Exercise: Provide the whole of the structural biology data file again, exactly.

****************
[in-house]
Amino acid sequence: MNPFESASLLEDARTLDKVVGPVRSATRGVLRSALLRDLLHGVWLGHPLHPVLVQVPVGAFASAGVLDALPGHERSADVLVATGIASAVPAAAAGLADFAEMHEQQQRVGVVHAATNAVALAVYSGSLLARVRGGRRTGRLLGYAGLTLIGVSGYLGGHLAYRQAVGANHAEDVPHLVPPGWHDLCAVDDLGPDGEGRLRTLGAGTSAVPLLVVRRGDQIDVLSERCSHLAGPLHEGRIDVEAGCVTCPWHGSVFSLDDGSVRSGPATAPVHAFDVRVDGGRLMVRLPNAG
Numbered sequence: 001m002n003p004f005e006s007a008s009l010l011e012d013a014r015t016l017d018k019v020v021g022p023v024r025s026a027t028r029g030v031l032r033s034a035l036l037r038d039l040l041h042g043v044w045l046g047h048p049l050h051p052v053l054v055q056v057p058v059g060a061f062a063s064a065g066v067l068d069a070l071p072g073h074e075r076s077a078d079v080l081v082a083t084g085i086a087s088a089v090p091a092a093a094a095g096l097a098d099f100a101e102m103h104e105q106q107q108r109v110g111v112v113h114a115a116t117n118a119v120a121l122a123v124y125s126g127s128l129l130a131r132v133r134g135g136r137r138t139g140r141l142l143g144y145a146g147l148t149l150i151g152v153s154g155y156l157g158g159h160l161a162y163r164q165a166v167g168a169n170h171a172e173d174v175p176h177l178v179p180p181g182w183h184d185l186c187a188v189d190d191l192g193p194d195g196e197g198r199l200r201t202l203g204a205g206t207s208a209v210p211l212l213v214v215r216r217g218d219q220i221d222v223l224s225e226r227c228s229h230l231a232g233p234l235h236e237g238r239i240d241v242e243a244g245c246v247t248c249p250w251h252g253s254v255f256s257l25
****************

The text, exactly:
[in-house]
Amino acid sequence: MNPFESASLLEDARTLDKVVGPVRSATRGVLRSALLRDLLHGVWLGHPLHPVLVQVPVGAFASAGVLDALPGHERSADVLVATGIASAVPAAAAGLADFAEMHEQQQRVGVVHAATNAVALAVYSGSLLARVRGGRRTGRLLGYAGLTLIGVSGYLGGHLAYRQAVGANHAEDVPHLVPPGWHDLCAVDDLGPDGEGRLRTLGAGTSAVPLLVVRRGDQIDVLSERCSHLAGPLHEGRIDVEAGCVTCPWHGSVFSLDDGSVRSGPATAPVHAFDVRVDGGRLMVRLPNAG
Numbered sequence: 001m002n003p004f005e006s007a008s009l010l011e012d013a014r015t016l017d018k019v020v021g022p023v024r025s026a027t028r029g030v031l032r033s034a035l036l037r038d039l040l041h042g043v044w045l046g047h048p049l050h051p052v053l054v055q056v057p058v059g060a061f062a063s064a065g066v067l068d069a070l071p072g073h074e075r076s077a078d079v080l081v082a083t084g085i086a087s088a089v090p091a092a093a094a095g096l097a098d099f100a101e102m103h104e105q106q107q108r109v110g111v112v113h114a115a116t117n118a119v120a121l122a123v124y125s126g127s128l129l130a131r132v133r134g135g136r137r138t139g140r141l142l143g144y145a146g147l148t149l150i151g152v153s154g155y156l157g158g159h160l161a162y163r164q165a166v167g168a169n170h171a172e173d174v175p176h177l178v179p180p181g182w183h184d185l186c187a188v189d190d191l192g193p194d195g196e197g198r199l200r201t202l203g204a205g206t207s208a209v210p211l212l213v214v215r216r217g218d219q220i221d222v223l224s225e226r227c228s229h230l231a232g233p234l235h236e237g238r239i240d241v242e243a244g245c246v247t248c249p250w251h252g253s254v255f256s257l25